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MRSA – New study uncovers secrets of antibiotic resistance

Researchers at the Univeristy of Notre Dame, Spain have recently published a study which explains the mechanism of regulation of the critical cell wall cross linking step in the Methicillin Resistant Staphylococcus aureus.
Proceedings of the National Academy of Sciences, the journal which published the results of this study performed by Mayland Chang and Shahriar Mobashery along with their team, has revealed the basis of how the MRSA has evolved into such a dreaded pathogen over the past 50 years when it rapidly spread all over the world. It is noteworthy that the modern strains of MRSA are resistant to antibiotics in a broader sense, including the popularly uses beta-lactams.
In the study, it has been reported that an allosteric portion was discovered in the X-ray structure of the penicillin binding protein 2a of the MRSA bacterium. The penicillin binding protein is the enzyme involved in the cross linking step.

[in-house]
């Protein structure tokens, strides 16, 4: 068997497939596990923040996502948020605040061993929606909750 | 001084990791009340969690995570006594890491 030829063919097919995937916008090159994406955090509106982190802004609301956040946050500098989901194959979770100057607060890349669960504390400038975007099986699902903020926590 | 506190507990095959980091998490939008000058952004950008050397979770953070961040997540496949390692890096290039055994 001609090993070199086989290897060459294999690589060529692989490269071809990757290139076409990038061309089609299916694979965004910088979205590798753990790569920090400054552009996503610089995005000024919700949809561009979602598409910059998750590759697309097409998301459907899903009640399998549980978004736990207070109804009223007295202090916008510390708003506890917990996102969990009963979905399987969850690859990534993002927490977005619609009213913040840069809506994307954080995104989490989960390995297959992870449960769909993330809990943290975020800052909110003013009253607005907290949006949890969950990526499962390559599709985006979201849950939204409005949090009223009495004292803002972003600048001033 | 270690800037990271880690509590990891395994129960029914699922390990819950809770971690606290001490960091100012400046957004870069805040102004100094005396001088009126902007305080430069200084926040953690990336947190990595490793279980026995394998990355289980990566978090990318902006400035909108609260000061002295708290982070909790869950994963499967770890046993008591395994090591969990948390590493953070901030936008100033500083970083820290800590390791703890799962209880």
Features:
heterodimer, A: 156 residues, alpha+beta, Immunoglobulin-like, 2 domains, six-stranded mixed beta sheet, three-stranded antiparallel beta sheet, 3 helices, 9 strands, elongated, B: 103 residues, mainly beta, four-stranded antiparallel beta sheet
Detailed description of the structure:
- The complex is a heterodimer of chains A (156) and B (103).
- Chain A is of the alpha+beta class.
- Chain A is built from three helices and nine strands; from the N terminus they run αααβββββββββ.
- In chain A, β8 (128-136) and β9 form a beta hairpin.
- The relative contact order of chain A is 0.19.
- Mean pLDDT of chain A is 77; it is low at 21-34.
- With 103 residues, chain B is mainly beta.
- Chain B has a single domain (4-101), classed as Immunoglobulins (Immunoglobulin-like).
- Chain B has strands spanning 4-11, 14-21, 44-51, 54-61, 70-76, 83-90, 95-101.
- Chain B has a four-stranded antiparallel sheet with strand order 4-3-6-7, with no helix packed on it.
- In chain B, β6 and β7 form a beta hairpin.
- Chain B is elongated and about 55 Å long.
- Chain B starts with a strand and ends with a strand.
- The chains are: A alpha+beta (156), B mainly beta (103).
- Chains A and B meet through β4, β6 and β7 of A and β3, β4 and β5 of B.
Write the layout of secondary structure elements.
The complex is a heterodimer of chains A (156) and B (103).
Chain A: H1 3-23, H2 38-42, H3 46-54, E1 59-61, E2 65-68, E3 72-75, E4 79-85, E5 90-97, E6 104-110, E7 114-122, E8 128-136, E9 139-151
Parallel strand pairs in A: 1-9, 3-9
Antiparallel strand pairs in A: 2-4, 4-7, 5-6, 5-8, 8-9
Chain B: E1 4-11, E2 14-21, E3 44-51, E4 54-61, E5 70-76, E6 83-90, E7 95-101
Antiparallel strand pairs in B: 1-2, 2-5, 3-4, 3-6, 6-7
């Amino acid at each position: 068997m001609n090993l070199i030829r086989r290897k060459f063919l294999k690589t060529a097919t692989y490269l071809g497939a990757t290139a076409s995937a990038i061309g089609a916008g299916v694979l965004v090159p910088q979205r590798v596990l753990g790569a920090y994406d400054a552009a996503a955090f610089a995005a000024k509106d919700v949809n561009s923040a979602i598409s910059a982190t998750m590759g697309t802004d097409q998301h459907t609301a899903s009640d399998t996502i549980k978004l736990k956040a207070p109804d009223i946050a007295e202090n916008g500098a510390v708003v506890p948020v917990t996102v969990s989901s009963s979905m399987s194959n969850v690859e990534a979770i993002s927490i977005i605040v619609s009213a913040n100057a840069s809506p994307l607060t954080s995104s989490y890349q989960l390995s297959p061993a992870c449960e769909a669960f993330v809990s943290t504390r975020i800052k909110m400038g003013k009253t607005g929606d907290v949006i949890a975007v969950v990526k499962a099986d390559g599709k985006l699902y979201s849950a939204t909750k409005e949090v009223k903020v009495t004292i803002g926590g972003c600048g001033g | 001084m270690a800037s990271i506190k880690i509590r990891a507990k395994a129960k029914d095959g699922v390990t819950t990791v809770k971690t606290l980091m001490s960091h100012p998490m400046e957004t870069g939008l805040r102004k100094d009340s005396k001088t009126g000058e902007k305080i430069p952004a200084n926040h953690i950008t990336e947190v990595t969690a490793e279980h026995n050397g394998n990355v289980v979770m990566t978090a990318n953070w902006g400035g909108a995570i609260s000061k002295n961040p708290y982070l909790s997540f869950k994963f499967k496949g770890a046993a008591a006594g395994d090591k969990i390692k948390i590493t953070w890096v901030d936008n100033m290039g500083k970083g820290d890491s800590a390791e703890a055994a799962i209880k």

antibiotic resistance

Chang, Mobashery and Juan Hermoso have documented at the CSIC, the Spanish Research Council, that conformational changes are set due to a trigger from an allosteric fragment in the cell wall at a distance of 6 nm. These changes ultimately lead to the opening of the closed active site that enables the catalysis of the physiological function of the enzyme.
The researchers also found that Ceftaroline, a new beta lactam antibiotic which has been approved by the FDA recently, can also bind to the allosteric site and initiate the same response. This is followed by the interaction of another molecule of the antibiotic with the active site of the enzyme which inhibits its function and leads to the death of the bacterial cell. The discovery of this mechanism of action of the new drug is a breakthrough and will help in designing new drugs to tackle the menace of MRSA.
A difficult hospital pathogen to control, MRSA has slowly entered the population in the past few decades, especially in places like nurseries, locker rooms and prisons. It is estimated that in the US almost 20,000 people of the 100,000 affected by this bacterium annually, eventually perish.

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